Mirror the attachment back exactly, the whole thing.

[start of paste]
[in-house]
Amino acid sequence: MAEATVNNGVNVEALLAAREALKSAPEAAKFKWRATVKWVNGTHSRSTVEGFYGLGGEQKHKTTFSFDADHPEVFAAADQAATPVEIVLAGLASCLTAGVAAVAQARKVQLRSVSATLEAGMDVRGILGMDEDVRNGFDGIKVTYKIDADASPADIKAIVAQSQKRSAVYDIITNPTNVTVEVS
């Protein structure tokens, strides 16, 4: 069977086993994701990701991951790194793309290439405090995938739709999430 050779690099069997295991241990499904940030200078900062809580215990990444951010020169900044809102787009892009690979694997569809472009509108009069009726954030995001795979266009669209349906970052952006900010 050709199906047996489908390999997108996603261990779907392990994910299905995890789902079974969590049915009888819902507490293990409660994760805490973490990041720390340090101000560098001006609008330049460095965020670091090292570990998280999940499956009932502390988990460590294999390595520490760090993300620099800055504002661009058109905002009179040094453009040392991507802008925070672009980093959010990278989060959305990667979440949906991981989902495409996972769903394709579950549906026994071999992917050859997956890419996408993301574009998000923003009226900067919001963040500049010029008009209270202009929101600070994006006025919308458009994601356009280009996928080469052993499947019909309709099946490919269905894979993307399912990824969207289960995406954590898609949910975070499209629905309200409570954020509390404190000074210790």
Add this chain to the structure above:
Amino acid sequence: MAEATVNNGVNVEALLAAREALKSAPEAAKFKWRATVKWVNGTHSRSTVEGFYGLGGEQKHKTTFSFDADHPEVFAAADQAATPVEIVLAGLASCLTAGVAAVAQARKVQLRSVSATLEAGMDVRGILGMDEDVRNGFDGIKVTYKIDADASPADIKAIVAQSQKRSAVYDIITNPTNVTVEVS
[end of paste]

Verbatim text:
[in-house]
Amino acid sequence: MAEATVNNGVNVEALLAAREALKSAPEAAKFKWRATVKWVNGTHSRSTVEGFYGLGGEQKHKTTFSFDADHPEVFAAADQAATPVEIVLAGLASCLTAGVAAVAQARKVQLRSVSATLEAGMDVRGILGMDEDVRNGFDGIKVTYKIDADASPADIKAIVAQSQKRSAVYDIITNPTNVTVEVS
């Protein structure tokens, strides 16, 4: 069977086993994701990701991951790194793309290439405090995938739709999430 050779690099069997295991241990499904940030200078900062809580215990990444951010020169900044809102787009892009690979694997569809472009509108009069009726954030995001795979266009669209349906970052952006900010 050709199906047996489908390999997108996603261990779907392990994910299905995890789902079974969590049915009888819902507490293990409660994760805490973490990041720390340090101000560098001006609008330049460095965020670091090292570990998280999940499956009932502390988990460590294999390595520490760090993300620099800055504002661009058109905002009179040094453009040392991507802008925070672009980093959010990278989060959305990667979440949906991981989902495409996972769903394709579950549906026994071999992917050859997956890419996408993301574009998000923003009226900067919001963040500049010029008009209270202009929101600070994006006025919308458009994601356009280009996928080469052993499947019909309709099946490919269905894979993307399912990824969207289960995406954590898609949910975070499209629905309200409570954020509390404190000074210790």
Add this chain to the structure above:
Amino acid sequence: MAEATVNNGVNVEALLAAREALKSAPEAAKFKWRATVKWVNGTHSRSTVEGFYGLGGEQKHKTTFSFDADHPEVFAAADQAATPVEIVLAGLASCLTAGVAAVAQARKVQLRSVSATLEAGMDVRGILGMDEDVRNGFDGIKVTYKIDADASPADIKAIVAQSQKRSAVYDIITNPTNVTVEVS